A TV broadcaster will in future not be able to acquire all domestic pay-TV rights for the live games of Germany’s national football league Bundesliga across all distribution platforms.
The Federal Cartel Office, Bundeskartellamt, has approved a new sales model by national football association DFL for the Bundesliga rights from the 2017/18 season containing a no-single-buyer rule for the first time: A pay-TV operator – as currently the case with Sky Deutschland – will no longer be able to become the sole rights holder of all Bundesliga live games on cable, satellite, IPTV and OTT.
“We have focused on rulings which ensure that more than one single contender will acquire the live rights in the end,” Andreas Mundt, president of the Cartel Office, said in Bonn. “With only one live rights holder in the market, there is the danger that competition for innovation – in particular from internet-based offers – is limited.”
“As the experiences from other countries, for example the UK, show, such as model does not lead to consumers requiring more than one subscription to watch all games in most cases. Rights holders can, for example, grant sub-licences to each other,” explained Mundt. “There will probably also be offers covering only a part of the live games.”
For comparable considerations, the regulation authorities and legislative bodies have already imposed no-single-buyer rules for important European leagues such as the UK’s Premier League or the Italian Lega Calcio, stresses the Cartel Office.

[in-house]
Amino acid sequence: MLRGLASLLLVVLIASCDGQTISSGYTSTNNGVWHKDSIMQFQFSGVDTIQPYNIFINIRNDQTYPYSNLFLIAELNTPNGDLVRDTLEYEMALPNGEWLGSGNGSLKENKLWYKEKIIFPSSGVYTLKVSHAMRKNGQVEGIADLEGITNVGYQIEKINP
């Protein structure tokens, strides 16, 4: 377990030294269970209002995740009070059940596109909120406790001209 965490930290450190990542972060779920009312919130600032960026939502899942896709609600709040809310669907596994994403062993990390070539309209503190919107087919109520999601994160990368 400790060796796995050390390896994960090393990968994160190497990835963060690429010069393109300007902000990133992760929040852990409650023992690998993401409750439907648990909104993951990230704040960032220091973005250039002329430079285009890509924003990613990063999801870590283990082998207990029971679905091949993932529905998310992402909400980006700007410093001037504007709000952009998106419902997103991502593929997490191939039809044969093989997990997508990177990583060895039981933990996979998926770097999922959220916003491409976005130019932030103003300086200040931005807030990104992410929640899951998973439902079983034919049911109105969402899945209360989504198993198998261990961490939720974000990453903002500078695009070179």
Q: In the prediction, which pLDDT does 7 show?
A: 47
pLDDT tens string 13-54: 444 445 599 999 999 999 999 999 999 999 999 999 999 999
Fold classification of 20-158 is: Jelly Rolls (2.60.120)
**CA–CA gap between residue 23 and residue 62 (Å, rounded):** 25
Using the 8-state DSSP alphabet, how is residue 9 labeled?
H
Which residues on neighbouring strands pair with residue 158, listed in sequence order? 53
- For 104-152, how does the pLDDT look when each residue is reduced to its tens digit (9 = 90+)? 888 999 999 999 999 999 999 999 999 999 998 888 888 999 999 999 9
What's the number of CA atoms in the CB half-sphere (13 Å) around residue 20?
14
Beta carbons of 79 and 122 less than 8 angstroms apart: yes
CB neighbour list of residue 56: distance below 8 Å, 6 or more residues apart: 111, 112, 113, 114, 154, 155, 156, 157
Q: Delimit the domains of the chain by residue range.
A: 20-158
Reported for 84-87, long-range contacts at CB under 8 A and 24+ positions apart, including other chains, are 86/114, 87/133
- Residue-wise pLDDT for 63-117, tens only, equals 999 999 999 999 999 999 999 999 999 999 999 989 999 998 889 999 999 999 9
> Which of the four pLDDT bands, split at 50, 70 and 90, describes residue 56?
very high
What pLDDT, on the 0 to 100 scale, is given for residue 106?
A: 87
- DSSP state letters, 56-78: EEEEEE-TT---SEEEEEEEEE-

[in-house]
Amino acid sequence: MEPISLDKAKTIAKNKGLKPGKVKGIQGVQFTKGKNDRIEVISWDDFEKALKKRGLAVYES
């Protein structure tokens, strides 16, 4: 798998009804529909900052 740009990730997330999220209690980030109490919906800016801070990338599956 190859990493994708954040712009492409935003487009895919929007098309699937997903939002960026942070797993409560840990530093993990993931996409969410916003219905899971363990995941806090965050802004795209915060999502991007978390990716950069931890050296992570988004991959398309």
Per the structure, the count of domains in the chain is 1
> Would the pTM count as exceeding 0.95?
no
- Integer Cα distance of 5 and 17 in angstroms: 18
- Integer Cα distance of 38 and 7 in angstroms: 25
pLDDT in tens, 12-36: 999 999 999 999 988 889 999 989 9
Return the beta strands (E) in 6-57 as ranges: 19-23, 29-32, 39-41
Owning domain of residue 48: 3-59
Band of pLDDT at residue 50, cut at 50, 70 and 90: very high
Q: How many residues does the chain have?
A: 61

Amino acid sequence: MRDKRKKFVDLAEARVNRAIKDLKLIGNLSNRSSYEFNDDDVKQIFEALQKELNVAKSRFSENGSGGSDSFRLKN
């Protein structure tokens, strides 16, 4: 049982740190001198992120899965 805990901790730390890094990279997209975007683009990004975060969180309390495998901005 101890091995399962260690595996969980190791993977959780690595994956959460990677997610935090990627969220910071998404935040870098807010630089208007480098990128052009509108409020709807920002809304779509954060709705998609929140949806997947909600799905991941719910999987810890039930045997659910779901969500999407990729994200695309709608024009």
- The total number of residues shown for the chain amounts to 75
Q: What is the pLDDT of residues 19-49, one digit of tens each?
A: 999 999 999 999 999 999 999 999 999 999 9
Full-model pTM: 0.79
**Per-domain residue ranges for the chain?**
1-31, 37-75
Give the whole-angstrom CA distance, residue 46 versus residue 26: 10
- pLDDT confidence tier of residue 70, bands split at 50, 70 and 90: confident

According to the competition authority, it would be sufficient if – depending on whether all transmission platforms or just internet and mobile are covered – between 30 and 102 attractive Bundesliga games (of a total of 306 matches) per season along with extensive highlight coverage were acquired by an alternative contender.
If a bidder in the tender, for example Sky Deutschland, secures all rights for conventional distribution platforms, up to 102 live games will be extracted into a separate OTT package for an alternative operator. Sky would then not be able to show these games on its OTT service Sky Go. As the Cartel Office has allowed sub-licencing, Sky Go customers could, however, still end up being able to watch the games if the alternative operator and Sky reach a collaboration agreement.
The green light by the Cartel Office opens the door for DFL to kick off the tender for the national Bundesliga rights announced in March 2016. At the last tender in 2012, Sky Deutschland gained all pay-TV rights, ousting Deutsche Telekom which subsequently closed down its Bundesliga IPTV offer LIGA total! .
It is expected in the industry that – besides Sky and Telekom – Eurosport (Discovery) and UK-based Perform Group will submit bids for the pay-TV rights. Amazon and Google subsidiary YouTube are also said to be interested. Perform Group which recently snapped away the Premier League rights from Sky Deutschland wants to launch an OTT live sports platform in Germany and other markets this year. No doubt: The Bundesliga rights would be a perfect flagship.